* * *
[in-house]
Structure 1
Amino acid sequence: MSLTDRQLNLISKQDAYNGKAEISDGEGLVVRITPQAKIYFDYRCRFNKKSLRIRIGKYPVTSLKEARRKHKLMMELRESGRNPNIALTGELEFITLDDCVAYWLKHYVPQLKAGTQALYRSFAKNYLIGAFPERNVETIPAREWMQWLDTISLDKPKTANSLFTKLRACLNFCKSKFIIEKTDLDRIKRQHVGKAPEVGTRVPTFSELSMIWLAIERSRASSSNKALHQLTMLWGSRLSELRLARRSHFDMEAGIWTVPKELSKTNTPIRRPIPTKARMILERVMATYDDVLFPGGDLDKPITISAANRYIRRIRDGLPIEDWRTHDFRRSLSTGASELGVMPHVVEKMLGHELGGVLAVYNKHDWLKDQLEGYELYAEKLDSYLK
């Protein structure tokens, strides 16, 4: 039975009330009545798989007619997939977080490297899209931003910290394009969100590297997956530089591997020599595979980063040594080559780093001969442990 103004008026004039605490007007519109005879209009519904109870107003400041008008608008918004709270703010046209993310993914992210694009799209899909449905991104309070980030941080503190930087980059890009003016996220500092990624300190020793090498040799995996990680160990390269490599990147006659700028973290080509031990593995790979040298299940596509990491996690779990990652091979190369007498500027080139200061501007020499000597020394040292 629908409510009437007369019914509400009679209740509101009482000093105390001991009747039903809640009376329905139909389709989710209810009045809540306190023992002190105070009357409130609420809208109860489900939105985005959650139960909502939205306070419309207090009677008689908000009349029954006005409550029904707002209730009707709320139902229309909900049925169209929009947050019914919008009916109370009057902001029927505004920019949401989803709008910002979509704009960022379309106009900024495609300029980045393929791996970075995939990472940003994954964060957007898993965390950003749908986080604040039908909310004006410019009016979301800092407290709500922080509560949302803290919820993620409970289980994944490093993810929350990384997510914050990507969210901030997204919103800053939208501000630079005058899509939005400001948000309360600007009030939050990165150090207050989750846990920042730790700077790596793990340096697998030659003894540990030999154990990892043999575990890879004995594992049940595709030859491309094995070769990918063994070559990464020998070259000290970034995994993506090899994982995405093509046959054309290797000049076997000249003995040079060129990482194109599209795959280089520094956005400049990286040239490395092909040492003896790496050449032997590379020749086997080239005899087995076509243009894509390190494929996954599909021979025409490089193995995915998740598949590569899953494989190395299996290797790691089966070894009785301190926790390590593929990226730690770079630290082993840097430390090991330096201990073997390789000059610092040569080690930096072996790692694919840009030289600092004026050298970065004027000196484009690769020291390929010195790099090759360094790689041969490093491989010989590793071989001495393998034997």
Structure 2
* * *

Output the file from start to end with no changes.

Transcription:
[in-house]
Structure 1
Amino acid sequence: MSLTDRQLNLISKQDAYNGKAEISDGEGLVVRITPQAKIYFDYRCRFNKKSLRIRIGKYPVTSLKEARRKHKLMMELRESGRNPNIALTGELEFITLDDCVAYWLKHYVPQLKAGTQALYRSFAKNYLIGAFPERNVETIPAREWMQWLDTISLDKPKTANSLFTKLRACLNFCKSKFIIEKTDLDRIKRQHVGKAPEVGTRVPTFSELSMIWLAIERSRASSSNKALHQLTMLWGSRLSELRLARRSHFDMEAGIWTVPKELSKTNTPIRRPIPTKARMILERVMATYDDVLFPGGDLDKPITISAANRYIRRIRDGLPIEDWRTHDFRRSLSTGASELGVMPHVVEKMLGHELGGVLAVYNKHDWLKDQLEGYELYAEKLDSYLK
């Protein structure tokens, strides 16, 4: 039975009330009545798989007619997939977080490297899209931003910290394009969100590297997956530089591997020599595979980063040594080559780093001969442990 103004008026004039605490007007519109005879209009519904109870107003400041008008608008918004709270703010046209993310993914992210694009799209899909449905991104309070980030941080503190930087980059890009003016996220500092990624300190020793090498040799995996990680160990390269490599990147006659700028973290080509031990593995790979040298299940596509990491996690779990990652091979190369007498500027080139200061501007020499000597020394040292 629908409510009437007369019914509400009679209740509101009482000093105390001991009747039903809640009376329905139909389709989710209810009045809540306190023992002190105070009357409130609420809208109860489900939105985005959650139960909502939205306070419309207090009677008689908000009349029954006005409550029904707002209730009707709320139902229309909900049925169209929009947050019914919008009916109370009057902001029927505004920019949401989803709008910002979509704009960022379309106009900024495609300029980045393929791996970075995939990472940003994954964060957007898993965390950003749908986080604040039908909310004006410019009016979301800092407290709500922080509560949302803290919820993620409970289980994944490093993810929350990384997510914050990507969210901030997204919103800053939208501000630079005058899509939005400001948000309360600007009030939050990165150090207050989750846990920042730790700077790596793990340096697998030659003894540990030999154990990892043999575990890879004995594992049940595709030859491309094995070769990918063994070559990464020998070259000290970034995994993506090899994982995405093509046959054309290797000049076997000249003995040079060129990482194109599209795959280089520094956005400049990286040239490395092909040492003896790496050449032997590379020749086997080239005899087995076509243009894509390190494929996954599909021979025409490089193995995915998740598949590569899953494989190395299996290797790691089966070894009785301190926790390590593929990226730690770079630290082993840097430390090991330096201990073997390789000059610092040569080690930096072996790692694919840009030289600092004026050298970065004027000196484009690769020291390929010195790099090759360094790689041969490093491989010989590793071989001495393998034997």
Structure 2